Any party to a lawsuit has a right to file a motion for preference if they have proper grounds to do so. The grounds for such a motion are found in C.C.P. Section 36.
However, the way I understand your statement/question is that the Plaintiff is the minor and the Defendant is not. And the Defendant is the party that brought the motion for trial preference on the grounds that the Plaintiff is a minor.
I also have assumed that the statute relied upon by the Defendants is C.C.P. 36.
If my understanding of your statement/question is correct and if my assumption of authority relied on by the Defense is also correct, then my answer would be: No, the Defense cannot properly bring that motion on those grounds.
The pertinent statute is C.C.P. 36(b), which states: "A civil action to recover damages for wrongful death or personal injury shall be entitled to preference upon the motion of any party to the action who is under 14 years of age unless the court finds that the party does not have a substantial interest in the case as a whole. A civil action subject to subdivision (a) shall be given preference over a case subject to this subdivision."
Upon my reading and understanding of the section, the party entitled to bring this motion is the party who is under 14 years of age. If the Defendant is not under 14 years of age then the motion is improperly brought under this section.
However, even with that in mind, often times Plaintiffs are the parties bringing motions for preference. Defendants usually drag their feet and try to draw out the lawsuit as long as possible. They have many reasons for doing so. It might be to your advantage, or the advantage of the minor Plaintiff, to have trial preference date granted and provided in this case. You should retain the services of a qualified personal injury attorney immediately and you should discuss this issue with them.
This response does not create an attorney-client relationship between you and I. I am not your lawyer and I am not representing you in the underlying issue stated in your question. The response I have offered is not intended to be relied upon, you should seek out an attorney to assist in this matter.
The short answer is Yes, based on the limited information you have provided in your post. It shouds like you may have counsel in this matter so I urge you to contact your attorney, or hire one to help you. A link to the pertinent statute, California Code of Civil Procedure, Section 36 is provided for your reference.
If you are a potential client, the information you disclose to us by email will be kept in strict confidence and will be protected to the full extent of the law. Please be advised, however, that the Law Offices of Frank M. Nunes, Inc. and its lawyers do not represent you until you have signed a retainer agreement with the firm. Until that time, you are responsible for any statutes of limitations or other deadlines for your case or potential case.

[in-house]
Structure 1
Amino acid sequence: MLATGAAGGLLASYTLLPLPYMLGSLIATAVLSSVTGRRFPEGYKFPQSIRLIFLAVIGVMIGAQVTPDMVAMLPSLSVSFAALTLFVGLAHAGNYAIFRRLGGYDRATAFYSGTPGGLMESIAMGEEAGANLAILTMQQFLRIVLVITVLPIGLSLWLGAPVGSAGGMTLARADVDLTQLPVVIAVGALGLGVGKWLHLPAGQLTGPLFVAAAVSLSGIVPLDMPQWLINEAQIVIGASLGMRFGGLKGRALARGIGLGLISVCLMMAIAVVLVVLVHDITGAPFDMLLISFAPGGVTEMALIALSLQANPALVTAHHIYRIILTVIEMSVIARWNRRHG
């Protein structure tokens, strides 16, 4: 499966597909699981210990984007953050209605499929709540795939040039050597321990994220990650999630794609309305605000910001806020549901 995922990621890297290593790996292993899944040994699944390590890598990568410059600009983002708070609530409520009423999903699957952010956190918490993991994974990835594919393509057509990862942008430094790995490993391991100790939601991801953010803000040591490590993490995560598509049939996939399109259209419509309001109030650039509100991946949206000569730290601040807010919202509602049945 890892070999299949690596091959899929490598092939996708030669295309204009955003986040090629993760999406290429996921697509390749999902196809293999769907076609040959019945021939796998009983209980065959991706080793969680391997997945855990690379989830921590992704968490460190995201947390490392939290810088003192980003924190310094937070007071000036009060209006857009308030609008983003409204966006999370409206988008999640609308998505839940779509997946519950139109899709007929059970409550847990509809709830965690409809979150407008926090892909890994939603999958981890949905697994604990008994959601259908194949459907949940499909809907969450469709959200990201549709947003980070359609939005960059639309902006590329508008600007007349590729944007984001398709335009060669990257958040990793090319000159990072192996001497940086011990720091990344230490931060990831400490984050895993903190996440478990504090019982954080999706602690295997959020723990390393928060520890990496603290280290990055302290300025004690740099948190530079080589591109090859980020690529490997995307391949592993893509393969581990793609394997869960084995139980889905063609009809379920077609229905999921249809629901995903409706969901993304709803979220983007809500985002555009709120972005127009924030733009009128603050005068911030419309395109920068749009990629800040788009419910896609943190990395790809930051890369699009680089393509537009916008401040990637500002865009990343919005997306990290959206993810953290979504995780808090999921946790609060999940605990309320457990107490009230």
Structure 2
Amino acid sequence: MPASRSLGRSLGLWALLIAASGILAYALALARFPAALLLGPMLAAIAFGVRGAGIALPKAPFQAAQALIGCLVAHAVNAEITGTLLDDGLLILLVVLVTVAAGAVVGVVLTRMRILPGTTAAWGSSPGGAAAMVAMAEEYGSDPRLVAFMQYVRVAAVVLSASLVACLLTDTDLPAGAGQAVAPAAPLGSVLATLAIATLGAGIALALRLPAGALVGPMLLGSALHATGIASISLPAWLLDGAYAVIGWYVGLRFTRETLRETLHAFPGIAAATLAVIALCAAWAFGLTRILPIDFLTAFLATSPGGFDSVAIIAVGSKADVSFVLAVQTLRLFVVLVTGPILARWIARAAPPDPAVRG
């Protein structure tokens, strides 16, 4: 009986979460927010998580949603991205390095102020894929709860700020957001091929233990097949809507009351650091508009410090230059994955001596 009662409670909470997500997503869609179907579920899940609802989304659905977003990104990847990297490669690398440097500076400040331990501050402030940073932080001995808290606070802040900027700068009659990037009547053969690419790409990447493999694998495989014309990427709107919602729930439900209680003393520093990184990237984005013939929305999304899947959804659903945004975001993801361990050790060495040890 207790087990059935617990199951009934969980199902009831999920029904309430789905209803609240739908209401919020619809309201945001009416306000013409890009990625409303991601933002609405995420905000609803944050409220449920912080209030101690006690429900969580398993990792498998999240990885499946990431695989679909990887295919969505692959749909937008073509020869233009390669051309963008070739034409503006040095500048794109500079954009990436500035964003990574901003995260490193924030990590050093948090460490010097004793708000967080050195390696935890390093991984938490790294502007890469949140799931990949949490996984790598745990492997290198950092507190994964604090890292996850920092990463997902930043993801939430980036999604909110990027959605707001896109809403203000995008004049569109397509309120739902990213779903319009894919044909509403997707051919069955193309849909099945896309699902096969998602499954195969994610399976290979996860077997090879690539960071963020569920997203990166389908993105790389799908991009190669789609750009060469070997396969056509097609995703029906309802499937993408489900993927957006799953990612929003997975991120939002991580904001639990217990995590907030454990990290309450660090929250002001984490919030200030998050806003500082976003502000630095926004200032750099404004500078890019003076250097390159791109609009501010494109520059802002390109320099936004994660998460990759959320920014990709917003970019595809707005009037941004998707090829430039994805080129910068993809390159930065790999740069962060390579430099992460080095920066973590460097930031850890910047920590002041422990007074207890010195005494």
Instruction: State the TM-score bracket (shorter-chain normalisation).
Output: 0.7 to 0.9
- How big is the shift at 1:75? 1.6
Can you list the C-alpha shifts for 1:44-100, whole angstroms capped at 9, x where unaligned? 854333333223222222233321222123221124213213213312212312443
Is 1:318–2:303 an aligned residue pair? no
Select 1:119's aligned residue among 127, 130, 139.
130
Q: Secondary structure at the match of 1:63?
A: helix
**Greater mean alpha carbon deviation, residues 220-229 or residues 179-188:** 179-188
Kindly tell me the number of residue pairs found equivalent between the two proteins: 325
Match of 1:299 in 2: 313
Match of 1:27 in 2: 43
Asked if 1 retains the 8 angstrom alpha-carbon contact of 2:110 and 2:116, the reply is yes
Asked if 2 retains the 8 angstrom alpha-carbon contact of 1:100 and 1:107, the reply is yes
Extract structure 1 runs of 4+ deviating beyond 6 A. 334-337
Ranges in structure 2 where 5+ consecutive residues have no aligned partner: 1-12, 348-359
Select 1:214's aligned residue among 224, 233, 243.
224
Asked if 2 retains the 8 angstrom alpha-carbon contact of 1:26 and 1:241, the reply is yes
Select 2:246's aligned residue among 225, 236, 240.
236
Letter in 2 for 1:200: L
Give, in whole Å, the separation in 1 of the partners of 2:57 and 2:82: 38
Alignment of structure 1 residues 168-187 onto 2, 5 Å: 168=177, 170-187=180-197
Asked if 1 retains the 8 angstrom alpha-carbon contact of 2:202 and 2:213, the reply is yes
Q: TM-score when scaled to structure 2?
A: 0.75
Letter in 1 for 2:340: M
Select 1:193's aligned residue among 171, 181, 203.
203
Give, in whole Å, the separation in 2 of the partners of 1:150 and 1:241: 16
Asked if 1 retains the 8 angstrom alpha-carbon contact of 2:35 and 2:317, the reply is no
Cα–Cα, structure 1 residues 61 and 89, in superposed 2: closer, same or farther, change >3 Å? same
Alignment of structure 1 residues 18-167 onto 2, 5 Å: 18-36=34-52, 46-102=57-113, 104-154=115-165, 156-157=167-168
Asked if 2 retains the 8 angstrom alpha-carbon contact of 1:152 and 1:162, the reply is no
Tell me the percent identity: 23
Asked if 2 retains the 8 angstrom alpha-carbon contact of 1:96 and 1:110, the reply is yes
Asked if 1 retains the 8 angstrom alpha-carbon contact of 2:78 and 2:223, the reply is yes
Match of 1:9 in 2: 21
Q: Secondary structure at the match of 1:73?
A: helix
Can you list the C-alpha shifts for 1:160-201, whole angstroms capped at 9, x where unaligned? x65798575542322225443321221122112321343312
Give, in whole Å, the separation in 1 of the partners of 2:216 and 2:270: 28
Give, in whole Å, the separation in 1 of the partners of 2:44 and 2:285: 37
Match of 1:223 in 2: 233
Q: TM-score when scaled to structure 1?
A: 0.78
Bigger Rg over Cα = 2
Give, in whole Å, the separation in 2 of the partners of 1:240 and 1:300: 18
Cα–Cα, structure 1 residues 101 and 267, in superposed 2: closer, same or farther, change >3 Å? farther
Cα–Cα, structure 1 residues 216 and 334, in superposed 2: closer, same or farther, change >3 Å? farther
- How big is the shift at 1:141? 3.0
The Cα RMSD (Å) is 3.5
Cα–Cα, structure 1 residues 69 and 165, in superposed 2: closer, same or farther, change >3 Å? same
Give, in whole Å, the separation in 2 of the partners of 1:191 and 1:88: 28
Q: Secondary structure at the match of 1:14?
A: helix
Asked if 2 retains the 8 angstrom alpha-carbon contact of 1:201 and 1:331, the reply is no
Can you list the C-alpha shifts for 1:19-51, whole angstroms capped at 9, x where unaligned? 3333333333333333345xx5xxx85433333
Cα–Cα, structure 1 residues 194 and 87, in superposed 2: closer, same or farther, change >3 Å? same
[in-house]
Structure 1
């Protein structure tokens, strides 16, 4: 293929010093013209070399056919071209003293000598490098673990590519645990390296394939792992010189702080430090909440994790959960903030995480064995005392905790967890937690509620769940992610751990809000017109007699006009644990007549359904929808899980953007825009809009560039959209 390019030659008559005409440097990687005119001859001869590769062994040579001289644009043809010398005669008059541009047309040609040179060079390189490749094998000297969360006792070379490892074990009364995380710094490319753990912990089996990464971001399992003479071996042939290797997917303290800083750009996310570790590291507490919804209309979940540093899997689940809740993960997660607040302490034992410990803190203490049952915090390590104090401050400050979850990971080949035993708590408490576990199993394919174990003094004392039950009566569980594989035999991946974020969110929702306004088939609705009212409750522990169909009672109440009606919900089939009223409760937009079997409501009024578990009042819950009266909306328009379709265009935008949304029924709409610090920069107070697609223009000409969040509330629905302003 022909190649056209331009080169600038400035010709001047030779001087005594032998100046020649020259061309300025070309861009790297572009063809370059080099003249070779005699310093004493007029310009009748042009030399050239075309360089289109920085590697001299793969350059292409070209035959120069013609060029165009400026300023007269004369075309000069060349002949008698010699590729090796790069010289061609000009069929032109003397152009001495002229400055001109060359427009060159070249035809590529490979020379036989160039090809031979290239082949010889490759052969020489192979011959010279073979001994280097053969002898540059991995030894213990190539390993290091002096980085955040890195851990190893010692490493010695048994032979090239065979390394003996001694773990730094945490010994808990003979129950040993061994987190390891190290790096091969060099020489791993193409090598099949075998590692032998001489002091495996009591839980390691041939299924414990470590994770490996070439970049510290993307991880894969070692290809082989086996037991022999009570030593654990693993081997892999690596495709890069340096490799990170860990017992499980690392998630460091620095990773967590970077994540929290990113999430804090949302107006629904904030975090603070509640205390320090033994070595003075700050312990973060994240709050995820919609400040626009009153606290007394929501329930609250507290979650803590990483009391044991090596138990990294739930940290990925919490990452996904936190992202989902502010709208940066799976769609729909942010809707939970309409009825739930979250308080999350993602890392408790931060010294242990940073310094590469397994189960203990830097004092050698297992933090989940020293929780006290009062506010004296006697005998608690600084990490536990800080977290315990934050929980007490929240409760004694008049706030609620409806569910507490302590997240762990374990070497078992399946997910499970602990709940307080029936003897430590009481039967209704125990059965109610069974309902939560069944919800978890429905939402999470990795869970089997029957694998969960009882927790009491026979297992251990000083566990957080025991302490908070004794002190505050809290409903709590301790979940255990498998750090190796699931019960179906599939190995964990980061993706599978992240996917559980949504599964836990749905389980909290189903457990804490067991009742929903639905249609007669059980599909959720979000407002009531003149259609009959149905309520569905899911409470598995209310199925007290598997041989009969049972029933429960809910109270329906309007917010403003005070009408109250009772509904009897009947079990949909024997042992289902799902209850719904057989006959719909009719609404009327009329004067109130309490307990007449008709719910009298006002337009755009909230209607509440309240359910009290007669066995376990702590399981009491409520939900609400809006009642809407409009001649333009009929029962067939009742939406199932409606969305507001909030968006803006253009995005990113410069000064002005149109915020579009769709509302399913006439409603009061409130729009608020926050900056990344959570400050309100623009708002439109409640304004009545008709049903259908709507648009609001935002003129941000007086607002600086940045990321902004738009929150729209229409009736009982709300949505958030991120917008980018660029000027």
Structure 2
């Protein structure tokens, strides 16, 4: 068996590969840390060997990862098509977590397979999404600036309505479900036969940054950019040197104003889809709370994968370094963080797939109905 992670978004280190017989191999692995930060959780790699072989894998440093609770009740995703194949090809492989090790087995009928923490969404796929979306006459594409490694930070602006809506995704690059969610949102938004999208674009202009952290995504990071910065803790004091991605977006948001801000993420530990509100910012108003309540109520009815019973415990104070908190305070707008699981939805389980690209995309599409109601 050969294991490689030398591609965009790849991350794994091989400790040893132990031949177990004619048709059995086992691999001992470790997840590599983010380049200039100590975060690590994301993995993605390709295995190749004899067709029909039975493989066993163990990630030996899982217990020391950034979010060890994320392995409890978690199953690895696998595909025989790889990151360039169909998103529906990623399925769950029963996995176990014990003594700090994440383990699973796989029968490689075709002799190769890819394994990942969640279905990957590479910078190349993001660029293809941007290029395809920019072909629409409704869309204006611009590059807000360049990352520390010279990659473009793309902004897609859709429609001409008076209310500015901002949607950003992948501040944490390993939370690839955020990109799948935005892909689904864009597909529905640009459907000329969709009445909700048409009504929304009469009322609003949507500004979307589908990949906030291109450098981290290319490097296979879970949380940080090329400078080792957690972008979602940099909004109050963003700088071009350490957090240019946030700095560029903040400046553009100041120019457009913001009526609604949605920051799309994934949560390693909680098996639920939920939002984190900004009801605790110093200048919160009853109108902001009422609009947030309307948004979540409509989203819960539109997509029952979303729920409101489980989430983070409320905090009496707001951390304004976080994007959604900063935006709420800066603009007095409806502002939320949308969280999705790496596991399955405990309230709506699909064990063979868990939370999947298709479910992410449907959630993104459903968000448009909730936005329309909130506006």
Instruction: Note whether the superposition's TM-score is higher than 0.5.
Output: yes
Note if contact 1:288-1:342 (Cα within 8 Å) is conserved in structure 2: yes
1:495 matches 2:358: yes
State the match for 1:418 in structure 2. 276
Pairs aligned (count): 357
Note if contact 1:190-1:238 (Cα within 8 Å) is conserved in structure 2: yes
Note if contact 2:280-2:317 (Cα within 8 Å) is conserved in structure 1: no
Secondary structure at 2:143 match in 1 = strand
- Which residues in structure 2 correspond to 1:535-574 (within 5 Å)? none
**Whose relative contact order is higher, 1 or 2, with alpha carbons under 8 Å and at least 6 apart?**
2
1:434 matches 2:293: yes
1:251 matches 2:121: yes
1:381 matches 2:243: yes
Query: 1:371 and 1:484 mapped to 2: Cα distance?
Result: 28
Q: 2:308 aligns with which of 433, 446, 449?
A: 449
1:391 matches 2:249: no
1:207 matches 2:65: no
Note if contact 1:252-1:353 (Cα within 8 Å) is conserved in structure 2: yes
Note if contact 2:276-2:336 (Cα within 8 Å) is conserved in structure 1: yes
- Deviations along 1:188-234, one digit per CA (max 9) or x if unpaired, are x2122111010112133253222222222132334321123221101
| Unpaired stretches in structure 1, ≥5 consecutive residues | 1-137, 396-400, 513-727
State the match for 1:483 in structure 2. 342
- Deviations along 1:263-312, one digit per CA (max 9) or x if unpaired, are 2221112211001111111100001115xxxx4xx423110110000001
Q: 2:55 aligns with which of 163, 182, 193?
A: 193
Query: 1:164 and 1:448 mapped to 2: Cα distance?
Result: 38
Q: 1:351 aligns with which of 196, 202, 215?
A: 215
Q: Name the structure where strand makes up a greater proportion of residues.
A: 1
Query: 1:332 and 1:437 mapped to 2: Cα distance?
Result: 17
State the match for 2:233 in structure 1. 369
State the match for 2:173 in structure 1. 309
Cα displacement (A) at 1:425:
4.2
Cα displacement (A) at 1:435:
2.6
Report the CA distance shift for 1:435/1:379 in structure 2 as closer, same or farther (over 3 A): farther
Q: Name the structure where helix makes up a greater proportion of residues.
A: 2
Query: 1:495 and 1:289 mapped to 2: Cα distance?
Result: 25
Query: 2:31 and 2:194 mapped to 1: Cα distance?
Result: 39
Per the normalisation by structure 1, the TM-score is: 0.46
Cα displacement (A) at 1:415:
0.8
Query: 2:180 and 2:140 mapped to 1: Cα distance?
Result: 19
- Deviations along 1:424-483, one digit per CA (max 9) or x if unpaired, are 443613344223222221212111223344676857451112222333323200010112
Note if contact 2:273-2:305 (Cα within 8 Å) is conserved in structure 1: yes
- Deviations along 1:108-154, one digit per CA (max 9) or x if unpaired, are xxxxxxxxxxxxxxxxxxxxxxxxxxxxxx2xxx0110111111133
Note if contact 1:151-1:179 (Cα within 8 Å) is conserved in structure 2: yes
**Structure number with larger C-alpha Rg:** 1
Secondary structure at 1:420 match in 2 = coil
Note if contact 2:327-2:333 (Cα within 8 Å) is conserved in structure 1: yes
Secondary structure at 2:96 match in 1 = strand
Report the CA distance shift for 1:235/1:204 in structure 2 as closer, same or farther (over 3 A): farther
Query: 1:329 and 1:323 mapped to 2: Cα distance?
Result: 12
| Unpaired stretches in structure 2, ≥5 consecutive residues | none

Preference motions are governed by statute, California Code of Civil Procedure Section 36. Below is the Code which gives you the criteria for making a preference motion to the Court. My suggestion is the you retain counsel to assist you in the litigation of your case.
36. (a) A party to a civil action who is over 70 years of age may petition the court for a preference, which the court shall grant if the court makes both of the following findings:
(1) The party has a substantial interest in the action as a whole.
(2) The health of the party is such that a preference is necessary to prevent prejudicing the party's interest in the litigation.
(b) A civil action to recover damages for wrongful death or personal injury shall be entitled to preference upon the motion of any party to the action who is under 14 years of age unless the court finds that the party does not have a substantial interest in the case as a whole. A civil action subject to subdivision (a) shall be given preference over a case subject to this subdivision.
(c) Unless the court otherwise orders:
(1) A party may file and serve a motion for preference supported by a declaration of the moving party that all essential parties have been served with process or have appeared.
(2) At any time during the pendency of the action, a party who reaches 70 years of age may file and serve a motion for preference.
(d) In its discretion, the court may also grant a motion for preference that is accompanied by clear and convincing medical documentation that concludes that one of the parties suffers from an illness or condition raising substantial medical doubt of survival of that party beyond six months, and that satisfies the court that the interests of justice will be served by granting the preference.
(e) Notwithstanding any other provision of law, the court may in its discretion grant a motion for preference that is supported by a showing that satisfies the court that the interests of justice will be served by granting this preference.
(f) Upon the granting of such a motion for preference, the court shall set the matter for trial not more than 120 days from that date and there shall be no continuance beyond 120 days from the granting of the motion for preference except for physical disability of a party or a party's attorney, or upon a showing of good cause stated in the record. Any continuance shall be for no more than 15 days and no more than one continuance for physical disability may be granted
to any party.
(g) Upon the granting of a motion for preference pursuant to subdivision (b), a party in an action based upon a health provider's alleged professional negligence, as defined in Section 364, shall receive a trial date not sooner than six months and not later than nine months from the date that the motion is granted.
A roundup of the best tips and legal advice.